MARQUETTE The state wants to fine a grain elevator $10,000 and suspend a chemical applicator's license for 60 days after an incident in which the applicator treated two McPherson County wheat fields with the herbicide paraquat before harvest.
The incident caused the state to embargo 14.2 million bushels housed in five Kansas grain elevators.
Last week, the Kansas Department of Agriculture cleared all but 2,100 bushels of wheat in the Collingwood grain elevator at Marquette.
The state detected no traces of paraquat, which is highly toxic to humans, in wheat stored at Collingwood elevators in Hutchinson or Salina, said Mike Heideman, director of communications for Kansas Department of Health and Environment.
The 2,100 bushels at the Marquette elevator had levels of 1.1 parts per million of paraquat, which is 22 times the allowable tolerance level of 0.05 ppm.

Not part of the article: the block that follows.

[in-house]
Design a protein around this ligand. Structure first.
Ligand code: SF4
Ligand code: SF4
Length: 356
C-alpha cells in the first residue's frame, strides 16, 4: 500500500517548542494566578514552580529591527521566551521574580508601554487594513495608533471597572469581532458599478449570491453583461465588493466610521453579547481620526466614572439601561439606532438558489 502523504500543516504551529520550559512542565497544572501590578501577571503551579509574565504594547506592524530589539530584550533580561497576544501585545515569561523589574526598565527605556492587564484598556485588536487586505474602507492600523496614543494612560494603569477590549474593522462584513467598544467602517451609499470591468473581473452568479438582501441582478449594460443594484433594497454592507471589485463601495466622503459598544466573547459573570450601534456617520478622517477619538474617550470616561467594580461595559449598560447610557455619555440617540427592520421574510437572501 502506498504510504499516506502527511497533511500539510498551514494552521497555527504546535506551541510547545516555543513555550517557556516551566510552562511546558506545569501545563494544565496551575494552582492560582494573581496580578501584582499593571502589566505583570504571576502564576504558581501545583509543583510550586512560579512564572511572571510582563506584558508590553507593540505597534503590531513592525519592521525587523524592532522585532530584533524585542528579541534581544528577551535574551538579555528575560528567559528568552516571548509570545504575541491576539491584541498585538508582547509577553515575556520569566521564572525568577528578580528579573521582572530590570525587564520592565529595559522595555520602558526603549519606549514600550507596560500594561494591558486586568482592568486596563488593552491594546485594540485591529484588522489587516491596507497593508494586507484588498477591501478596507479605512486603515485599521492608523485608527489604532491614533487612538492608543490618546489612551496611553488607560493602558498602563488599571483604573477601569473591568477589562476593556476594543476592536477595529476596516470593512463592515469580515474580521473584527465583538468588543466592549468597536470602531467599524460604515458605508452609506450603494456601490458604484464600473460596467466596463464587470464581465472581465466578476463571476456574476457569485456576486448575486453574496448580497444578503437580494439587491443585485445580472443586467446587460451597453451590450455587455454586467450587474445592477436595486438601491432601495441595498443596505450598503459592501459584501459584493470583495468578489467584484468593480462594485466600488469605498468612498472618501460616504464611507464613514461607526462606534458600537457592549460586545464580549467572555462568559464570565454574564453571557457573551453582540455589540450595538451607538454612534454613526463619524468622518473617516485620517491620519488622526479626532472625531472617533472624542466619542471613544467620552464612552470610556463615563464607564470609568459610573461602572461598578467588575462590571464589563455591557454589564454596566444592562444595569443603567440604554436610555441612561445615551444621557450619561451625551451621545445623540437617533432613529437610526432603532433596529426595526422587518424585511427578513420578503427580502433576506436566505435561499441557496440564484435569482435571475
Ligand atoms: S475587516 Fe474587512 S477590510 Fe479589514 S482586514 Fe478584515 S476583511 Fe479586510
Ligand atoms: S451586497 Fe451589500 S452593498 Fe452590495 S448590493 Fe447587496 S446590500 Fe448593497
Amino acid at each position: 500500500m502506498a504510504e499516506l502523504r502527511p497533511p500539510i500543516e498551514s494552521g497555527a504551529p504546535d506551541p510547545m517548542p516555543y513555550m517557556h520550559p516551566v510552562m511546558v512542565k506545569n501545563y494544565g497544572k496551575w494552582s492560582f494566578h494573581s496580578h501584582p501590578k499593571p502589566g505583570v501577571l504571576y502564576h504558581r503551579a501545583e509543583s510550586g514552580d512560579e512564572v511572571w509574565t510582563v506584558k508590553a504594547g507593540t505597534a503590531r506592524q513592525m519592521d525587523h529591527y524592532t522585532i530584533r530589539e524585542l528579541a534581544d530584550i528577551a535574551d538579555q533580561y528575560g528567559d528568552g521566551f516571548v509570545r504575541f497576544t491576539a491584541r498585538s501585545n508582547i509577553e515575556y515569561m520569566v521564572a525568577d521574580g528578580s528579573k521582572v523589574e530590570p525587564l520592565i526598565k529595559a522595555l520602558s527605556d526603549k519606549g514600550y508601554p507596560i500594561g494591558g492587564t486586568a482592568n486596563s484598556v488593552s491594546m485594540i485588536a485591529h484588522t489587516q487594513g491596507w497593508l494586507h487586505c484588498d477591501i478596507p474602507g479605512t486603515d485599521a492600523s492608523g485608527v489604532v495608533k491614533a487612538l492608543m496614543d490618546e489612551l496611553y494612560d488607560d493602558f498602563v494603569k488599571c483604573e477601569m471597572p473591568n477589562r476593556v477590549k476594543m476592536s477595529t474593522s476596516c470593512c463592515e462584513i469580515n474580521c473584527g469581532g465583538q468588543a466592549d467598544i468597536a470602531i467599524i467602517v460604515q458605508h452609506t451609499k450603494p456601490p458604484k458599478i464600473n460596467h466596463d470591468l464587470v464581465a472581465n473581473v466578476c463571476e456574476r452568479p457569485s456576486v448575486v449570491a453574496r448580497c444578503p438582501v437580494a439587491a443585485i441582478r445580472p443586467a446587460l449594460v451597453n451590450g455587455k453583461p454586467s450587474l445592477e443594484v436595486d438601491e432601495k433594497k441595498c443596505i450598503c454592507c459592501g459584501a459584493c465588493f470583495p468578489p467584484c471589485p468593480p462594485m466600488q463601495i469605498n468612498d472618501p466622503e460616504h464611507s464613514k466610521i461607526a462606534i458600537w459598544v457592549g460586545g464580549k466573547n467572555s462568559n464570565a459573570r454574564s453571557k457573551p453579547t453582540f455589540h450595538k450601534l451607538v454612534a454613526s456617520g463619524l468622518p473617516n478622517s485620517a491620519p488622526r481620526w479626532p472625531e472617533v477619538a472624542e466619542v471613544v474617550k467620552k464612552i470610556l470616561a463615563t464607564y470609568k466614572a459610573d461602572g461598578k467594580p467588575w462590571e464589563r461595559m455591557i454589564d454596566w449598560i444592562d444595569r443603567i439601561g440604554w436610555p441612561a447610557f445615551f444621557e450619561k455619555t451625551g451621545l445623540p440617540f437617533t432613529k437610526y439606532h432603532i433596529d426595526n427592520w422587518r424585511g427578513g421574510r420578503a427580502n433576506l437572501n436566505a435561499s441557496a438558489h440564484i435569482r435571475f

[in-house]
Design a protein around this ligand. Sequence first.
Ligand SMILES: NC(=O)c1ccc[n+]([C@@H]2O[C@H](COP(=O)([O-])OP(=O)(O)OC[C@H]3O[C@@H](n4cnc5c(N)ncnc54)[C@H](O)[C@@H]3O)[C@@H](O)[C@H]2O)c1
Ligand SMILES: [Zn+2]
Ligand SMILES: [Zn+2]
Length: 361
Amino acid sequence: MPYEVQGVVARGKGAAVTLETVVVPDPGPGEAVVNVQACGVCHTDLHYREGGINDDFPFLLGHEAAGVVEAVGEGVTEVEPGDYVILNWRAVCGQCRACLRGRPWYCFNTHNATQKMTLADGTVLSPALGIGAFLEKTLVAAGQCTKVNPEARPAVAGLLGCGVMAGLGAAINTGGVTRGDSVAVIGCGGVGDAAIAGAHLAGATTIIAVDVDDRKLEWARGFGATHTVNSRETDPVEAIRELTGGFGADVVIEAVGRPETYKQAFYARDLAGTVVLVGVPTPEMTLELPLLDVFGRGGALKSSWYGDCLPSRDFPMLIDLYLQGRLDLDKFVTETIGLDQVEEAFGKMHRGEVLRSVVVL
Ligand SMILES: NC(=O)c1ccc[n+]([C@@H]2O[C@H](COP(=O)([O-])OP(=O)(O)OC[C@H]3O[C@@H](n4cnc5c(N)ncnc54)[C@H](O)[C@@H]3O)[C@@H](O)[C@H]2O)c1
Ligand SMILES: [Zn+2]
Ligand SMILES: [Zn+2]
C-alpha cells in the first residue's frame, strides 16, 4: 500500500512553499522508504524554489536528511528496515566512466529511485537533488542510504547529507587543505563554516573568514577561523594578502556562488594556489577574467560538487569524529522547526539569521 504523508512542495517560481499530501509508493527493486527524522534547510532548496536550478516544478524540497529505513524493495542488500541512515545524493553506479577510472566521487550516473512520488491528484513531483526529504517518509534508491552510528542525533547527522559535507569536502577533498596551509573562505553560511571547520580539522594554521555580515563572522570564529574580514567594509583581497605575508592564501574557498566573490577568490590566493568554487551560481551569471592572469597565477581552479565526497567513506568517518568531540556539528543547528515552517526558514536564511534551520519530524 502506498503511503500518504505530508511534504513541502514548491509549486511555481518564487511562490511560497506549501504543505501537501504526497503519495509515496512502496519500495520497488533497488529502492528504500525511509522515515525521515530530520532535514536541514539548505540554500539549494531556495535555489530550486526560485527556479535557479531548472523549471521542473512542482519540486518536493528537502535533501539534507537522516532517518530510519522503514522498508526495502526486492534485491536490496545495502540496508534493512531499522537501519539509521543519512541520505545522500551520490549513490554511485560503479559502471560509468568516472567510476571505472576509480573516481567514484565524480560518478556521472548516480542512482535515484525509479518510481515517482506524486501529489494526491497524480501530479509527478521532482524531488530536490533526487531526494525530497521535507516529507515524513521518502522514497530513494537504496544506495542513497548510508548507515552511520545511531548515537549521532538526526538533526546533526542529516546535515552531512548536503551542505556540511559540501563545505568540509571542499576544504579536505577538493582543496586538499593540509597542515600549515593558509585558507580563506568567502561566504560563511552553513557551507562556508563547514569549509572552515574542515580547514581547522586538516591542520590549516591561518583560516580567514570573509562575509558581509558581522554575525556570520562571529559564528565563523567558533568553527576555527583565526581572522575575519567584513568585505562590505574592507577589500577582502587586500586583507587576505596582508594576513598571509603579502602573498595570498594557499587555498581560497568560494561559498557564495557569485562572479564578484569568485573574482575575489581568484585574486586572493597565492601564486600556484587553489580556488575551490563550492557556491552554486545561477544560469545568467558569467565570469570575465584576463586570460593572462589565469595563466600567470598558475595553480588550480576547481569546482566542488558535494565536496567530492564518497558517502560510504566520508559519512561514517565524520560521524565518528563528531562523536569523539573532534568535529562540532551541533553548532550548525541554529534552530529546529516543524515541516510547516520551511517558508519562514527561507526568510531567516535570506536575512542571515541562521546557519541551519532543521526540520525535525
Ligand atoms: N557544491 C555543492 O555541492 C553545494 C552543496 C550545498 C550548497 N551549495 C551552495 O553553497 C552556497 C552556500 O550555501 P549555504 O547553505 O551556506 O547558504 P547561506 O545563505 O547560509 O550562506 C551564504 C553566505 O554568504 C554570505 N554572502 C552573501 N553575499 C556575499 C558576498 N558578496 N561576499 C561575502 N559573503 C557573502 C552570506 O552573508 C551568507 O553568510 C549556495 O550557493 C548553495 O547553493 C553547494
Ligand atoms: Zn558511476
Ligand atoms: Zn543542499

The state is now awaiting Collingwood's plan for disposal.
The agriculture department proposed the highest possible fine allowed by law against Collingwood $5,000 for each case of chemical misuse spokeswoman Lisa Taylor said.
The company has 20 days to request a hearing to appeal any material fact in the case, or the penalty.
Collingwood and applicator Jeff Haggerty are accused of treating two wheat fields one of 22.6 acres and the other covering 125 acres with paraquat to control weeds.
By comparison, the agriculture department proposed an $18,000 fine for Midway Co-op at Osborne for spraying 25 fields 1,200 acres with paraquat.
The co-op paid the three producers for their crop and destroyed the wheat before it could be harvested.
Taylor said Midway Co-op has paid its fine and employee Mark Nichols is serving his 90-day applicator's license suspension.
Taylor said the incidents of paraquat contamination in Kansas this year are "definitely a wake-up call" that label directions on the containers of agricultural pesticides, herbicides and fertilizers should be strictly followed.